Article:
After nine years in the NHL, Bloomington's Mark Parrish finally feels he is on a team that can make a run in the playoffs. And his adjustment after the first two months has helped make it happen.
ANAHEIM, CALIF. - Bloomington native Mark Parrish remembers the first moment he thought, "If I ever get a chance to come back to Minnesota and play ..."
It was April 2003, and Parrish and his Islanders had been eliminated in the first round by Ottawa.
"I came home and ended up going out to eat and for a few beers with some buddies," Parrish said. "The Wild were playing Colorado in Game 6 or 7, and everywhere we went, it's all people talked about. Everybody was in Wild jerseys, Wild hats. And each round it was getting crazier and crazier.
"At that point, it dawned on me. I knew right there I wanted to one day come back and play for the Wild."
Four years later, Parrish has completed his first regular season with the Wild. He ingratiated himself so well, he wore the captain's 'C' the final two-plus months of the season (the Wild was 21-5-4) and we'll find out today whether he'll keep it in the playoffs.
"I'm just excited," Parrish said. "This is the first time for me that I've ever felt I've been on a team that has a legit chance of making a run. That's pretty exciting for a guy that's been around nine years and hasn't made it past the first round in ... nine years."
It's hard to believe this is the same Parrish who barely averaged 13 minutes a game in the season's first two months and scored five goals in his first 28 games.
At that low point, Parrish realized he needed to make significant changes. As much as he tried to shield himself from being the "Minnesota boy comes home," Parrish realized he wasn't conducting himself as if he were playing in any other city.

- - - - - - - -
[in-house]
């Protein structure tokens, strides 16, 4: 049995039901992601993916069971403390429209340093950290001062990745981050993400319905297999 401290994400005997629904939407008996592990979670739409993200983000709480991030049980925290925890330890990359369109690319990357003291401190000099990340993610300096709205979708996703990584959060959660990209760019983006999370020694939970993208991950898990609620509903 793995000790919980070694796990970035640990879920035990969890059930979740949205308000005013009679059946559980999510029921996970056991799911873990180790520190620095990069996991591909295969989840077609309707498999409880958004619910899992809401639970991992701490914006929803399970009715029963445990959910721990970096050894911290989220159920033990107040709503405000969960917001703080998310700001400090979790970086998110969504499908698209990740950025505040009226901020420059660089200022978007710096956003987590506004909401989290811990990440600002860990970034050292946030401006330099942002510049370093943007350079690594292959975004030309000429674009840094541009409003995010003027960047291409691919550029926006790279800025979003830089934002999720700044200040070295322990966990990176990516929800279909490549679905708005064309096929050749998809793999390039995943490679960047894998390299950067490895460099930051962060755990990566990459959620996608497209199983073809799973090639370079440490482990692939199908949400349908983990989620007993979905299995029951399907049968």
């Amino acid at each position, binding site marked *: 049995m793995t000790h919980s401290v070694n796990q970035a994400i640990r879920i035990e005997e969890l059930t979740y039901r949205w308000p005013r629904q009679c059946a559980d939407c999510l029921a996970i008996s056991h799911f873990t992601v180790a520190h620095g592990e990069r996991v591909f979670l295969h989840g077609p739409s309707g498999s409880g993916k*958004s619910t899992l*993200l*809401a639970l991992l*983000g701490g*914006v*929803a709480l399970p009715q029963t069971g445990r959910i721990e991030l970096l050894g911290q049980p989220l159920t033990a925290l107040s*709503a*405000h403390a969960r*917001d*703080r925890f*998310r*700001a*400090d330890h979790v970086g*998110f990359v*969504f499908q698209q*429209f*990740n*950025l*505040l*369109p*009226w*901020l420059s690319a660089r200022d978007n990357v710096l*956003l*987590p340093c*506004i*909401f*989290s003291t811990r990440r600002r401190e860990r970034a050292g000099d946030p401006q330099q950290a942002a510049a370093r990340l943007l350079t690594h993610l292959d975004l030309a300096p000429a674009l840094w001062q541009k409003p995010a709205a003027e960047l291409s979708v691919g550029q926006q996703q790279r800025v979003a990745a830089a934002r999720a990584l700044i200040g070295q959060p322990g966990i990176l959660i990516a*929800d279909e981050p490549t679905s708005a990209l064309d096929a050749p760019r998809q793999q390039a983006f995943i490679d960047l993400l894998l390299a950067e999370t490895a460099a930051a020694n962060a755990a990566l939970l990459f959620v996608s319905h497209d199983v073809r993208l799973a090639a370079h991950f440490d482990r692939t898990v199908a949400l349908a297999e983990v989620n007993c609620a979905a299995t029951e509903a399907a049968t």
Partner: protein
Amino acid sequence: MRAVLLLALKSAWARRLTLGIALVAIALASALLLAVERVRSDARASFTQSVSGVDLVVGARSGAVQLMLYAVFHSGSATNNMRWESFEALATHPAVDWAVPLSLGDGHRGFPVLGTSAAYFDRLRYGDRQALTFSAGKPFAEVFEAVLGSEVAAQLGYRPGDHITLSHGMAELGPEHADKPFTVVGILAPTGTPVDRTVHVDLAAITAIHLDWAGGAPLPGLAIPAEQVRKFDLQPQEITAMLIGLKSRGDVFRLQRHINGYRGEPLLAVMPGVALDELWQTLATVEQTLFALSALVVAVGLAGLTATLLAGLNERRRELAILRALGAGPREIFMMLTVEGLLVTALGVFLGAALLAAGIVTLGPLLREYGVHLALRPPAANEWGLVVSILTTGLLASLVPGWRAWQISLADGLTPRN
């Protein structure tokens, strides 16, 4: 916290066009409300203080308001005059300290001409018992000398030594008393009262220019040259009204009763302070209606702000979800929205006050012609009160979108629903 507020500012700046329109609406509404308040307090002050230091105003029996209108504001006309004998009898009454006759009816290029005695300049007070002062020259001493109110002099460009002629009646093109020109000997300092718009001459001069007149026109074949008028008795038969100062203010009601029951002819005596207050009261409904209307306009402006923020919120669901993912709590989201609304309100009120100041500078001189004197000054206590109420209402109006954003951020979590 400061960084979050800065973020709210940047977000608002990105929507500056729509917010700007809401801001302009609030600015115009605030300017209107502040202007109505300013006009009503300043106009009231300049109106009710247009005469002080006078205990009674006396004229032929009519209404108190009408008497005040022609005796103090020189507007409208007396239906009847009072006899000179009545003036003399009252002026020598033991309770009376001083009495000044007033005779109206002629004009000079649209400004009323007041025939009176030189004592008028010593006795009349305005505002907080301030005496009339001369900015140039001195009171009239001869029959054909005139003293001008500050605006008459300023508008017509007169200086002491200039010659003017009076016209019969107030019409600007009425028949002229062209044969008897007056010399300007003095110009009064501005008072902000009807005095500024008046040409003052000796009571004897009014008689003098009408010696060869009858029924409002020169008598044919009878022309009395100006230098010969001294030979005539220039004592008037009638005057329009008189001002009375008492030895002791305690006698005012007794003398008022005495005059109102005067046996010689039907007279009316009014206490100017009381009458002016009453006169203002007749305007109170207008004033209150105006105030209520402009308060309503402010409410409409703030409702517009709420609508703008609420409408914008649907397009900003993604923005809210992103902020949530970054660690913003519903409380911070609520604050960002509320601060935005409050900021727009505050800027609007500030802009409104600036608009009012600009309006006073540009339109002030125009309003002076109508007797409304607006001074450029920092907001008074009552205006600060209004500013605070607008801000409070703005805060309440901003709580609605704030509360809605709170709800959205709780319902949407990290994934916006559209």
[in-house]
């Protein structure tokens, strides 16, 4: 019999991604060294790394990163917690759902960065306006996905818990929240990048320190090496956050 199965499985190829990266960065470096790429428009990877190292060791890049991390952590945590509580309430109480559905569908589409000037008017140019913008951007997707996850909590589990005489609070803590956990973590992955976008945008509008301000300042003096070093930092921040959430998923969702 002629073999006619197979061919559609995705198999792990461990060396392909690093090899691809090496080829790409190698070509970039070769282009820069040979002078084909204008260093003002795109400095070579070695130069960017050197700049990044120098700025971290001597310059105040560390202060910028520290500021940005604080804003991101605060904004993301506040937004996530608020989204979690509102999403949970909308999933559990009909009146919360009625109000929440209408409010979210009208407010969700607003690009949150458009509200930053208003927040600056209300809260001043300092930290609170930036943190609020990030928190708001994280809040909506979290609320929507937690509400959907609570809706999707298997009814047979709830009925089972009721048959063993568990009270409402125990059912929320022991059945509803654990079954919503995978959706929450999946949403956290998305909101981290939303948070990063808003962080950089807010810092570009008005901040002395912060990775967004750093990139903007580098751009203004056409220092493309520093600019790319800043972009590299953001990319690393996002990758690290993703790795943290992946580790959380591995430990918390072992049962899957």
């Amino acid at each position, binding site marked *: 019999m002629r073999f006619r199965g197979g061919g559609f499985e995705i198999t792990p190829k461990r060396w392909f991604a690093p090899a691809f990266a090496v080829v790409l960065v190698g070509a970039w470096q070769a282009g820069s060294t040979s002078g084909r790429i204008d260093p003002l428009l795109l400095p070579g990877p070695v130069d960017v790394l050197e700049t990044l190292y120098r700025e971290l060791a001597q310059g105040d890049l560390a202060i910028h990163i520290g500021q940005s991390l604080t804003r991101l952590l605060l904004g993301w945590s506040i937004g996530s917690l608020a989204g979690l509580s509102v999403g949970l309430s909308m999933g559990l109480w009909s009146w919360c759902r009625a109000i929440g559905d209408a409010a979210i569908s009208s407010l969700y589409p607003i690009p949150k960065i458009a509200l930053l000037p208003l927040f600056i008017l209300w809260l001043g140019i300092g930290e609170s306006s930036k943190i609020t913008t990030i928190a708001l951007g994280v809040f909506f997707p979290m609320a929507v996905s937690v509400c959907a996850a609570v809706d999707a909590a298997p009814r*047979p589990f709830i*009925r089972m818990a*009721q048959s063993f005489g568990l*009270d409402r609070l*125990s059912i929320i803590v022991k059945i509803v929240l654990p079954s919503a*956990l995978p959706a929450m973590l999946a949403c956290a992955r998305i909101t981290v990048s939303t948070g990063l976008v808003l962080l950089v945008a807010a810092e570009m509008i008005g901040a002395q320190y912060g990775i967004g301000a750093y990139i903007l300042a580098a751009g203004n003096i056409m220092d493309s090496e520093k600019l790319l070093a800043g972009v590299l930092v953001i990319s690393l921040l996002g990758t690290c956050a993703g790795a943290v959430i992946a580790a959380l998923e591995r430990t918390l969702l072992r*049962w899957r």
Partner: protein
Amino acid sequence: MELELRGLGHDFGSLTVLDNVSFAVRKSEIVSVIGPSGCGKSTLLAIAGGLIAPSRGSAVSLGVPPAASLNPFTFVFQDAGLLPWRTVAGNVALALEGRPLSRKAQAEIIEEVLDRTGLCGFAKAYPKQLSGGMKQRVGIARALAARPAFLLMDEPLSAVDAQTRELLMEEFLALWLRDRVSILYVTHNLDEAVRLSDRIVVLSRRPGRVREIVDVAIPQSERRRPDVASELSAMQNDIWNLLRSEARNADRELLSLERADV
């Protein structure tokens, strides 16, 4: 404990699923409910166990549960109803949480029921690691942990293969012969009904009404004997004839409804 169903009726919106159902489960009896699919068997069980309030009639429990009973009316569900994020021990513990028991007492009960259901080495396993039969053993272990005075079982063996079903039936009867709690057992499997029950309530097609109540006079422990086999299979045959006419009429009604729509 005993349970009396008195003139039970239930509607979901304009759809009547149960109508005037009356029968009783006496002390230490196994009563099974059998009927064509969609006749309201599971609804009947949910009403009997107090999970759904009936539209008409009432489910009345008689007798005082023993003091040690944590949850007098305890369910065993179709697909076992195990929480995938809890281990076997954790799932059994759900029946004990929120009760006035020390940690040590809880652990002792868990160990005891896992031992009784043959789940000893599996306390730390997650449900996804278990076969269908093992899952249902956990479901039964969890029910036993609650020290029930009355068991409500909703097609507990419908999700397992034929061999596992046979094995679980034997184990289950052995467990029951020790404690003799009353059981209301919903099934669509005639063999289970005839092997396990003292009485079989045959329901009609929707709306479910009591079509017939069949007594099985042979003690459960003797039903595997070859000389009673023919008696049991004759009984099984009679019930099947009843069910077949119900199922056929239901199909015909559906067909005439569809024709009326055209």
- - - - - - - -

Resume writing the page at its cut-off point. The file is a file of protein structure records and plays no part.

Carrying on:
So at the advice of his agent, Brian Lawton, Parrish talked to his friends and family and asked everybody to back off.
"Sometimes you've got to tell your family, 'It's enough. I've got a job to do and I've got to worry about one thing,'" Parrish said. "It was a little adjustment period where I had to slow it down in December and ask my mom and dad and in-laws not to come down after every game.
"I was surprised how understanding everybody was. It wasn't tough to bring up and talk about, and I don't think it's a surprise things started to turn around."
It's this type of maturity that GM Doug Risebrough loves. Parrish scored 19 goals, only the second time he didn't hit 20 in his career, but Risebrough doesn't care.
"What I wanted from him was some goals, but character, intensity and the old veteran who could deliver by moving the work ethic of our game up," Risebrough said. "Today, when our work ethic is at its best, Mark Parrish is leading that."
Risebrough loves the fact there's never a time trainer Don Fuller even contemplates sprinting onto the ice when Parrish falls. Parrish, always banged up in some area, continues to put himself in vulnerable spots and plays through pain.
"It's important for players to see a guy who physically puts his body on the line, and if he gets clipped or hurt, he doesn't just lay there," Risebrough said. "He gets up and shakes it off. That's a sign of an old pro."
Parrish, 30, was taken aback by the "old pro" line but said, "My dad [Gene] used to always give me crap when I was a kid when he'd see me down. I knew if I stayed down, I better really be hurt. If he skated over there and I wasn't really hurt, he was going to be ticked off.
"He'd say, 'Get up and shake it off.' "
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